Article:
The river flows southward through a steep gorge known as the Kali Gandaki Gorge, or Andha Galchi, between the mountains Dhaulagiri, elevation 8,167 metres to the west and Annapurna I, elevation 8,091 metres to the east. If one measures the depth of a canyon by the difference between the river height and the heights of the highest peaks on either side, this gorge is the world's deepest; the portion of the river directly between Dhaulagiri and Annapurna I, 7 kilometres downstream from Tukuche), is at an elevation of 2,520 metres, 5,571 metres lower than Annapurna I. The river is older than the Himalayas; as tectonic activity forces the mountains higher, the river has cut through the uplift. South of the gorge, the river is joined by Rahughat Khola at Galeshwor, Myagdi Khola at Beni, Modi Khola near Kushma and Badigaad at Rudrabeni above Ridi Bazaar; the river turns east to run along the northern edge of the Mahabharat Range. The largest hydroelectricity project in Nepal is located along this stretch of the river.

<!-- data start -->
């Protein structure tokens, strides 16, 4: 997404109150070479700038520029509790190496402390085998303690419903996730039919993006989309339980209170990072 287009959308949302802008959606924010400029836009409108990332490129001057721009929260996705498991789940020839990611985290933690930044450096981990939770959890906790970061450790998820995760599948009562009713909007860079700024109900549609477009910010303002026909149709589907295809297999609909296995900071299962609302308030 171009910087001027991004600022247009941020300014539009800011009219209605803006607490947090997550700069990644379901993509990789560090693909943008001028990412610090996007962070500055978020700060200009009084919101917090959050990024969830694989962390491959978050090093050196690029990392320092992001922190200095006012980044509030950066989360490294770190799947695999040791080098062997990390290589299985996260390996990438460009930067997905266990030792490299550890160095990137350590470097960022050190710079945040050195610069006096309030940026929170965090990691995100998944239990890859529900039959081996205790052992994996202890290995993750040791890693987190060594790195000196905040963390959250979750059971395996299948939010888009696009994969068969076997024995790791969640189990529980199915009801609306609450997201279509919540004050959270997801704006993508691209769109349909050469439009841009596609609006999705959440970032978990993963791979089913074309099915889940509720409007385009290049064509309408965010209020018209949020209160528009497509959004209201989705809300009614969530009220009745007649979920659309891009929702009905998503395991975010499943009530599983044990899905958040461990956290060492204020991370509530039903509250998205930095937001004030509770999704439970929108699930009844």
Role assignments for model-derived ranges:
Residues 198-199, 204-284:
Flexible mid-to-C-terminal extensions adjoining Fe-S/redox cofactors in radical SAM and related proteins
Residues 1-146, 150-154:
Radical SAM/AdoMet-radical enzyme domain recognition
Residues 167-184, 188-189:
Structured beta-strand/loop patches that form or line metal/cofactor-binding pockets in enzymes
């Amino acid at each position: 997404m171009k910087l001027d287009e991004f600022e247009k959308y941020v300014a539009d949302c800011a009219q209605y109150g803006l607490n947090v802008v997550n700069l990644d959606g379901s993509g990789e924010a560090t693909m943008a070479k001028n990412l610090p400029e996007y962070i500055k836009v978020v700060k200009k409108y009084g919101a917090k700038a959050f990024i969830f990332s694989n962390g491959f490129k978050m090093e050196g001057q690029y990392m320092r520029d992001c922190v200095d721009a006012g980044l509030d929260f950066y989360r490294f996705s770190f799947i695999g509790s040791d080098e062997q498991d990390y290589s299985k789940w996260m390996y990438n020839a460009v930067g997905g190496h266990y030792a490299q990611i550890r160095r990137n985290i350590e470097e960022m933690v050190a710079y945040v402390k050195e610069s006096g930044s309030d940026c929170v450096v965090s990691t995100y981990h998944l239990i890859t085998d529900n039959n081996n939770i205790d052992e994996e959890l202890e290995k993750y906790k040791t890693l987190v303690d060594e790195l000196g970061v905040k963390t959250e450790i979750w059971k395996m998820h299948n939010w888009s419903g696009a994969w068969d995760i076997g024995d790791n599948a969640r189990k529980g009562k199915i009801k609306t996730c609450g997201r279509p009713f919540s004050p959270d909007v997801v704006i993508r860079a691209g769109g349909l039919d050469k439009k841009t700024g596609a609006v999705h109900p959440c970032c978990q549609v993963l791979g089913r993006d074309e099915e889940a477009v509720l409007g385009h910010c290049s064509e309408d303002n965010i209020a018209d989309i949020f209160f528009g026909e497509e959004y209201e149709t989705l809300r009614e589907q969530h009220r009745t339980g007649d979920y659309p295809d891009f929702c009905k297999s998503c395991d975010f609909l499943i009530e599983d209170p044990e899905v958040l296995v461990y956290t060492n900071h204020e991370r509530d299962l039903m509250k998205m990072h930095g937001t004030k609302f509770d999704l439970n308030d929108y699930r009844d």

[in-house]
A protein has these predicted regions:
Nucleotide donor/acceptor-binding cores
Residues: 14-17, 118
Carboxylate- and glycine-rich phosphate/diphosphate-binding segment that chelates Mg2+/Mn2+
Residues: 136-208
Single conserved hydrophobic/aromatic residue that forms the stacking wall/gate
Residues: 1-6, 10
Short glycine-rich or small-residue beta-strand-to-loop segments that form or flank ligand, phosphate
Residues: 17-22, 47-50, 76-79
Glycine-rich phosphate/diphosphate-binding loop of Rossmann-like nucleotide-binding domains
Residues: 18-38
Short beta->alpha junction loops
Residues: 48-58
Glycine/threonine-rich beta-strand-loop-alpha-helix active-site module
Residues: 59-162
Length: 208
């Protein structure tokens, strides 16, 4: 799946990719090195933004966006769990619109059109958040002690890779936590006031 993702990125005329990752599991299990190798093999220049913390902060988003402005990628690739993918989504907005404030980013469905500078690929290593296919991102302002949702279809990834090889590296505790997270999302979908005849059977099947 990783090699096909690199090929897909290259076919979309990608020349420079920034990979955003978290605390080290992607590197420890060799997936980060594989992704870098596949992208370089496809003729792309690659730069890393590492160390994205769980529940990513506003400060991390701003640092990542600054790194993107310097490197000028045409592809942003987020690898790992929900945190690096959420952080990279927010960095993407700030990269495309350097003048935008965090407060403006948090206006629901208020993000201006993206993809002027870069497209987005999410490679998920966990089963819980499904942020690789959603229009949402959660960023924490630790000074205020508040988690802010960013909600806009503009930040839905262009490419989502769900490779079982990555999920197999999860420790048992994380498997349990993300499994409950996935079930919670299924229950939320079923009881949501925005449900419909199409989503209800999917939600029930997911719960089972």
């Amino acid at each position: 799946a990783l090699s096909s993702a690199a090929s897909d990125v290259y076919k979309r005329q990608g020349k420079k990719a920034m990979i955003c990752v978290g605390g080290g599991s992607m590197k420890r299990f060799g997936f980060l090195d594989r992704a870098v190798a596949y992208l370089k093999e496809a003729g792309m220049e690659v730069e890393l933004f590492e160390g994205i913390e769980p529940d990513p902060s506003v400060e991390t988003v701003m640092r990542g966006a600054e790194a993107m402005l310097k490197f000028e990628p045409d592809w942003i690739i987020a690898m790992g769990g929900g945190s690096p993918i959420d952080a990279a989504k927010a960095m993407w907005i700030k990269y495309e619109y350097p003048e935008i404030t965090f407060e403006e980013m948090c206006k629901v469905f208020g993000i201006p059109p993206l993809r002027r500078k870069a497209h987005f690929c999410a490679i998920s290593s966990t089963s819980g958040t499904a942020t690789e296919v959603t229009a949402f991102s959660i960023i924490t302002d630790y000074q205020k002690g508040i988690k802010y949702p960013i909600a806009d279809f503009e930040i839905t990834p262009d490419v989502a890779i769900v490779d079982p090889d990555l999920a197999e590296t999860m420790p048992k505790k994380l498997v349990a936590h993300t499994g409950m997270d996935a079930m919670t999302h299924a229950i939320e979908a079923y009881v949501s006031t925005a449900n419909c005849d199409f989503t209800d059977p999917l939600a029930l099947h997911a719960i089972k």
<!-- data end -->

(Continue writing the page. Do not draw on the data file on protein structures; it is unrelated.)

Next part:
Turning south again and breaking through the Mahabharats, Kali Gandaki is joined by a major tributary, the Trishuli, at Devighat,which is larger than the Kali Gandaki. Gandaki is joined by the East Rapti River draining the Inner Terai valley known as Chitwan; the Gandaki crosses the outermost foothills of the Himalayas—Sivalik Hills—into the Terai plains of Nepal. From Devighat, the river flows southwest of Gaindakot town; the river curves back towards the southeast as it enters India where it is called the Gandak. Below Gaindakot the river is known as the Narayani or Sapt Gandaki, for seven tributaries rising in the Himalaya or further north along the main Ganges-Brahmaputra divide; these are the Kali Gandaki, the Trishuli River, the five main tributaries of the Trishuli known as the Daraudi, Madi and Budhi Gandaki. The entry point of the river at the Indo–Nepal border is the confluence called Triveni with rivers Pachnad and Sonha descending from Nepal. Pandai river flows into Bihar from Nepal in the eastern end of the Valmiki Sanctuary and meets Masan.